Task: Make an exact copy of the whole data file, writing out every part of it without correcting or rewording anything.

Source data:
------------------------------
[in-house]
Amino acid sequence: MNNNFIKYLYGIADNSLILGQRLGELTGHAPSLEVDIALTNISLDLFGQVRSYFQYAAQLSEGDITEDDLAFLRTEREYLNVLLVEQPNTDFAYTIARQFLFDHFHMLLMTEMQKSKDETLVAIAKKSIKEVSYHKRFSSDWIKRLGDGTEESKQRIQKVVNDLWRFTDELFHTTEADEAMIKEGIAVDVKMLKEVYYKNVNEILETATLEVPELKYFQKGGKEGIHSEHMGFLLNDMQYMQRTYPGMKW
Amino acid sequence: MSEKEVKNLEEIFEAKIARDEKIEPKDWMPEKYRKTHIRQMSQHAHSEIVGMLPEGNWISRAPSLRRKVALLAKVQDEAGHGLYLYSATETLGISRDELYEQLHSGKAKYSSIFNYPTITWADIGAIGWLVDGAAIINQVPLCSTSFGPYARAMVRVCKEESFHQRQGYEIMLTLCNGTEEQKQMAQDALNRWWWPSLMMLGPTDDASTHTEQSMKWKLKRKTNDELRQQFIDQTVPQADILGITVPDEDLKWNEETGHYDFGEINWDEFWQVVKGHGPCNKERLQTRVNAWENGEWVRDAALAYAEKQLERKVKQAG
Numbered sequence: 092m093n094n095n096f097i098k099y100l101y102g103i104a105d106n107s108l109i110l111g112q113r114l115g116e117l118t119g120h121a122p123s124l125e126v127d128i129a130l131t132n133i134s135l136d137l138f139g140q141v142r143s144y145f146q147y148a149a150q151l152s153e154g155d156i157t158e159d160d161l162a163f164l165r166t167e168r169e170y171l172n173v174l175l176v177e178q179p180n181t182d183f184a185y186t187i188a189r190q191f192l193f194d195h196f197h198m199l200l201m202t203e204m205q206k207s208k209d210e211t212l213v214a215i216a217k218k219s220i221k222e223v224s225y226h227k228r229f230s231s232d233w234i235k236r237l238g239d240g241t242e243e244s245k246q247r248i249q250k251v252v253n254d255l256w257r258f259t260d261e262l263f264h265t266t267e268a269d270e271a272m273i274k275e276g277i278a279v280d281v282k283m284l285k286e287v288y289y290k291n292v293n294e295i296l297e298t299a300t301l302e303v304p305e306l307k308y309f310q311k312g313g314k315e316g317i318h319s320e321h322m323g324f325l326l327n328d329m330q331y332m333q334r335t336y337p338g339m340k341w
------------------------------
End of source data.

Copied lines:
[in-house]
Amino acid sequence: MNNNFIKYLYGIADNSLILGQRLGELTGHAPSLEVDIALTNISLDLFGQVRSYFQYAAQLSEGDITEDDLAFLRTEREYLNVLLVEQPNTDFAYTIARQFLFDHFHMLLMTEMQKSKDETLVAIAKKSIKEVSYHKRFSSDWIKRLGDGTEESKQRIQKVVNDLWRFTDELFHTTEADEAMIKEGIAVDVKMLKEVYYKNVNEILETATLEVPELKYFQKGGKEGIHSEHMGFLLNDMQYMQRTYPGMKW
Amino acid sequence: MSEKEVKNLEEIFEAKIARDEKIEPKDWMPEKYRKTHIRQMSQHAHSEIVGMLPEGNWISRAPSLRRKVALLAKVQDEAGHGLYLYSATETLGISRDELYEQLHSGKAKYSSIFNYPTITWADIGAIGWLVDGAAIINQVPLCSTSFGPYARAMVRVCKEESFHQRQGYEIMLTLCNGTEEQKQMAQDALNRWWWPSLMMLGPTDDASTHTEQSMKWKLKRKTNDELRQQFIDQTVPQADILGITVPDEDLKWNEETGHYDFGEINWDEFWQVVKGHGPCNKERLQTRVNAWENGEWVRDAALAYAEKQLERKVKQAG
Numbered sequence: 092m093n094n095n096f097i098k099y100l101y102g103i104a105d106n107s108l109i110l111g112q113r114l115g116e117l118t119g120h121a122p123s124l125e126v127d128i129a130l131t132n133i134s135l136d137l138f139g140q141v142r143s144y145f146q147y148a149a150q151l152s153e154g155d156i157t158e159d160d161l162a163f164l165r166t167e168r169e170y171l172n173v174l175l176v177e178q179p180n181t182d183f184a185y186t187i188a189r190q191f192l193f194d195h196f197h198m199l200l201m202t203e204m205q206k207s208k209d210e211t212l213v214a215i216a217k218k219s220i221k222e223v224s225y226h227k228r229f230s231s232d233w234i235k236r237l238g239d240g241t242e243e244s245k246q247r248i249q250k251v252v253n254d255l256w257r258f259t260d261e262l263f264h265t266t267e268a269d270e271a272m273i274k275e276g277i278a279v280d281v282k283m284l285k286e287v288y289y290k291n292v293n294e295i296l297e298t299a300t301l302e303v304p305e306l307k308y309f310q311k312g313g314k315e316g317i318h319s320e321h322m323g324f325l326l327n328d329m330q331y332m333q334r335t336y337p338g339m340k341w